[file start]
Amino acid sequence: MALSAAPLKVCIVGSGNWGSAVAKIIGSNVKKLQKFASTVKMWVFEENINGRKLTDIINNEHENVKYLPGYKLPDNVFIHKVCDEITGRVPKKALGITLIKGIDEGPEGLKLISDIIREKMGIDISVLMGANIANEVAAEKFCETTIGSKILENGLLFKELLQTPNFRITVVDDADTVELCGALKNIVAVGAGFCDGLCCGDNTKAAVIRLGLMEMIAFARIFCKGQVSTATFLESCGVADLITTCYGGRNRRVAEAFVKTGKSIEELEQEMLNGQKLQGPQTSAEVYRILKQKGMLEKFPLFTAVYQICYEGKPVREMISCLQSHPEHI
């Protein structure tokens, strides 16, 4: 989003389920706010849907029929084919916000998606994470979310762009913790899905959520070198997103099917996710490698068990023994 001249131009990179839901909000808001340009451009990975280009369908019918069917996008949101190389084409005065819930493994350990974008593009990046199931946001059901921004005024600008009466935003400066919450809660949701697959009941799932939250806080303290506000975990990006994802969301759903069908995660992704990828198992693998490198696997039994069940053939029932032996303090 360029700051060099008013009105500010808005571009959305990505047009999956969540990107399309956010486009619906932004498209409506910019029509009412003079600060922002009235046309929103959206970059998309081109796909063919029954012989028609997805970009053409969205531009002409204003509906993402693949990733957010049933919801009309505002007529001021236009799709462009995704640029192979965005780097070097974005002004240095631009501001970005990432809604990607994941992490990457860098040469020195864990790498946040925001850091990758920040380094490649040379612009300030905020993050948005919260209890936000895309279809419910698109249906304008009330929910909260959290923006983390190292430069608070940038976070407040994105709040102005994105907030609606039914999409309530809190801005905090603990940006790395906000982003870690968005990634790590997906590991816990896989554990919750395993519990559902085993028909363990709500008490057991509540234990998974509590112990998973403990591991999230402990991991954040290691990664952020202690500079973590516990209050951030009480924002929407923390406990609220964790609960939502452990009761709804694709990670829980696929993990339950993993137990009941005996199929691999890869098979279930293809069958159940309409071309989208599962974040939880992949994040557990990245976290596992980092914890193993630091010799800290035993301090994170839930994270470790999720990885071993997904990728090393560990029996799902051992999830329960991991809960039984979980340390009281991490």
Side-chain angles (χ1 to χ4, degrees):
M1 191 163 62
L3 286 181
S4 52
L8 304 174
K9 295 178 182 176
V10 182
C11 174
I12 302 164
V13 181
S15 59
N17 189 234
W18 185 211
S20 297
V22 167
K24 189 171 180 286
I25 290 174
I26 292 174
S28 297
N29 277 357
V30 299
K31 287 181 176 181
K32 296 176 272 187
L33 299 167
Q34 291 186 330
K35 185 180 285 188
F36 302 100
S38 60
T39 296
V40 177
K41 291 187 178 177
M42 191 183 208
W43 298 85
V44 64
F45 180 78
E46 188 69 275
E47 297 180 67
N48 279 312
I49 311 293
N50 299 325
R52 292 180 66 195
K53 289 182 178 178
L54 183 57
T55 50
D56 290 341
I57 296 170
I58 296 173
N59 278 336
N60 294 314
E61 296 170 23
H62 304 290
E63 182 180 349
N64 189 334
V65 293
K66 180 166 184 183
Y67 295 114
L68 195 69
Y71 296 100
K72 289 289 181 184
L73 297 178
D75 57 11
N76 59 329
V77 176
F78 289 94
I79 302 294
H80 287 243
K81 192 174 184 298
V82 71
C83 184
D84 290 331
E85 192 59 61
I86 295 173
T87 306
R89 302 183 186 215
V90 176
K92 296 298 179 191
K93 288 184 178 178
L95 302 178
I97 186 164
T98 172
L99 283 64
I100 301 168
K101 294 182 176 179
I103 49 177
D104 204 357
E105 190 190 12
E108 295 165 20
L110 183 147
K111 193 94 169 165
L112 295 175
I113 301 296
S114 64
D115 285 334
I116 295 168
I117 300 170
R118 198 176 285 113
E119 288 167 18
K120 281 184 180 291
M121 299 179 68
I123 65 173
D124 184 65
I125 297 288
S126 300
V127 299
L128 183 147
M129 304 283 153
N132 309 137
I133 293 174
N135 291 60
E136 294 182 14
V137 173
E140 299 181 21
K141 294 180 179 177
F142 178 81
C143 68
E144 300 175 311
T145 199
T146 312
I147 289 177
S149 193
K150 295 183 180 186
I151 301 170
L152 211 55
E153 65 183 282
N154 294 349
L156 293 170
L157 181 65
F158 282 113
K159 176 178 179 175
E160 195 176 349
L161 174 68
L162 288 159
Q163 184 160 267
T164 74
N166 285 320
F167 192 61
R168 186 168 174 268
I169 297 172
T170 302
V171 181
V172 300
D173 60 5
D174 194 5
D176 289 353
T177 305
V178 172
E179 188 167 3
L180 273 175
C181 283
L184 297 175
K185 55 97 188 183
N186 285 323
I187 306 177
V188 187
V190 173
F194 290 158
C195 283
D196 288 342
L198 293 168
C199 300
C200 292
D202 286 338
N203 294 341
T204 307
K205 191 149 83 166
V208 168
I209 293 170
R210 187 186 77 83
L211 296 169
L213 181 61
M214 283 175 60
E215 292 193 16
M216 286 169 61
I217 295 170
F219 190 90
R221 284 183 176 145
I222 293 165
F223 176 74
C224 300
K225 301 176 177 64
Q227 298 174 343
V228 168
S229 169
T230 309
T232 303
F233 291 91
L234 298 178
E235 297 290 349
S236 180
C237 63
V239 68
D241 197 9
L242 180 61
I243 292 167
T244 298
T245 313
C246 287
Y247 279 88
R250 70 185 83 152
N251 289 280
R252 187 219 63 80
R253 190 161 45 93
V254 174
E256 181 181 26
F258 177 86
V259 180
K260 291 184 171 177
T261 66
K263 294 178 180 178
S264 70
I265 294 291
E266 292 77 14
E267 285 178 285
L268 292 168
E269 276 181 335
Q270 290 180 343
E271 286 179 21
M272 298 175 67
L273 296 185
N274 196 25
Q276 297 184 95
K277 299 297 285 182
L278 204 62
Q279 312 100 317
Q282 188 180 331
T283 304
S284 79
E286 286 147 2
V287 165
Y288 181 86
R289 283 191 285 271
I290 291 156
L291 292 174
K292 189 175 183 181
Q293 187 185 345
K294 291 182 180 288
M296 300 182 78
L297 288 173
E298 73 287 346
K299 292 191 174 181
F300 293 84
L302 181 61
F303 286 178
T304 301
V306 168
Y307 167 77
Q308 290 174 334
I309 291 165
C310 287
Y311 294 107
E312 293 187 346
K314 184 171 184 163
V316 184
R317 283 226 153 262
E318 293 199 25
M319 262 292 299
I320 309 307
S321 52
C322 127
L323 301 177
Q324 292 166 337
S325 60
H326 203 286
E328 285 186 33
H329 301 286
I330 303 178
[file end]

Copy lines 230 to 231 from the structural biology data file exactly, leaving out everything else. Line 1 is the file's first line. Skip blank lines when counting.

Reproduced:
E286 286 147 2
V287 165